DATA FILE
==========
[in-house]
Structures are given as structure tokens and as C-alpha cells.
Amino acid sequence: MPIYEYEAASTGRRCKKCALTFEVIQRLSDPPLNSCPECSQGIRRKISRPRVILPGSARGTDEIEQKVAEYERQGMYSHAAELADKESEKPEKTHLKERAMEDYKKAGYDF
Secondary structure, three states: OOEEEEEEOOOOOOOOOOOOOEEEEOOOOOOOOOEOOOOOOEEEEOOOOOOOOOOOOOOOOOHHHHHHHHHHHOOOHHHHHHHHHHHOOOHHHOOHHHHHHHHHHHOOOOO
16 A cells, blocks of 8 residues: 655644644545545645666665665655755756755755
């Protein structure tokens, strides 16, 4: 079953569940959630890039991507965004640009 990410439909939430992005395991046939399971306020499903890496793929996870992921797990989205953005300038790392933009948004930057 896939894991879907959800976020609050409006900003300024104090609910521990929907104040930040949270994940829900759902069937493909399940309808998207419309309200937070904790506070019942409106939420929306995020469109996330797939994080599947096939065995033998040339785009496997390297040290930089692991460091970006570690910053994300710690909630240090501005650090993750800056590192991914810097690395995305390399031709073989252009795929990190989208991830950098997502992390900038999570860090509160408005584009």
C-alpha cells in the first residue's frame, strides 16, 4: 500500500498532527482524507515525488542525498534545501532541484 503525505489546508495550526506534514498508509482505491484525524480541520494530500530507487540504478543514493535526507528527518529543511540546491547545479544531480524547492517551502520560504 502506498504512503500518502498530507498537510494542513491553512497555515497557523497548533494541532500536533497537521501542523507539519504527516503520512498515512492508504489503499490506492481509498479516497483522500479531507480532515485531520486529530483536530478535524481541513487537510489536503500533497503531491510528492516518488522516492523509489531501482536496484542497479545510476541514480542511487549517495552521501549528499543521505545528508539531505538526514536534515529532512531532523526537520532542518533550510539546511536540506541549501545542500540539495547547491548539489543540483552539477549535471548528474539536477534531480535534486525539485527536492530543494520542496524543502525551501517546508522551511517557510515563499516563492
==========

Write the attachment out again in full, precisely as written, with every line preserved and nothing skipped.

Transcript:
[in-house]
Structures are given as structure tokens and as C-alpha cells.
Amino acid sequence: MPIYEYEAASTGRRCKKCALTFEVIQRLSDPPLNSCPECSQGIRRKISRPRVILPGSARGTDEIEQKVAEYERQGMYSHAAELADKESEKPEKTHLKERAMEDYKKAGYDF
Secondary structure, three states: OOEEEEEEOOOOOOOOOOOOOEEEEOOOOOOOOOEOOOOOOEEEEOOOOOOOOOOOOOOOOOHHHHHHHHHHHOOOHHHHHHHHHHHOOOHHHOOHHHHHHHHHHHOOOOO
16 A cells, blocks of 8 residues: 655644644545545645666665665655755756755755
């Protein structure tokens, strides 16, 4: 079953569940959630890039991507965004640009 990410439909939430992005395991046939399971306020499903890496793929996870992921797990989205953005300038790392933009948004930057 896939894991879907959800976020609050409006900003300024104090609910521990929907104040930040949270994940829900759902069937493909399940309808998207419309309200937070904790506070019942409106939420929306995020469109996330797939994080599947096939065995033998040339785009496997390297040290930089692991460091970006570690910053994300710690909630240090501005650090993750800056590192991914810097690395995305390399031709073989252009795929990190989208991830950098997502992390900038999570860090509160408005584009």
C-alpha cells in the first residue's frame, strides 16, 4: 500500500498532527482524507515525488542525498534545501532541484 503525505489546508495550526506534514498508509482505491484525524480541520494530500530507487540504478543514493535526507528527518529543511540546491547545479544531480524547492517551502520560504 502506498504512503500518502498530507498537510494542513491553512497555515497557523497548533494541532500536533497537521501542523507539519504527516503520512498515512492508504489503499490506492481509498479516497483522500479531507480532515485531520486529530483536530478535524481541513487537510489536503500533497503531491510528492516518488522516492523509489531501482536496484542497479545510476541514480542511487549517495552521501549528499543521505545528508539531505538526514536534515529532512531532523526537520532542518533550510539546511536540506541549501545542500540539495547547491548539489543540483552539477549535471548528474539536477534531480535534486525539485527536492530543494520542496524543502525551501517546508522551511517557510515563499516563492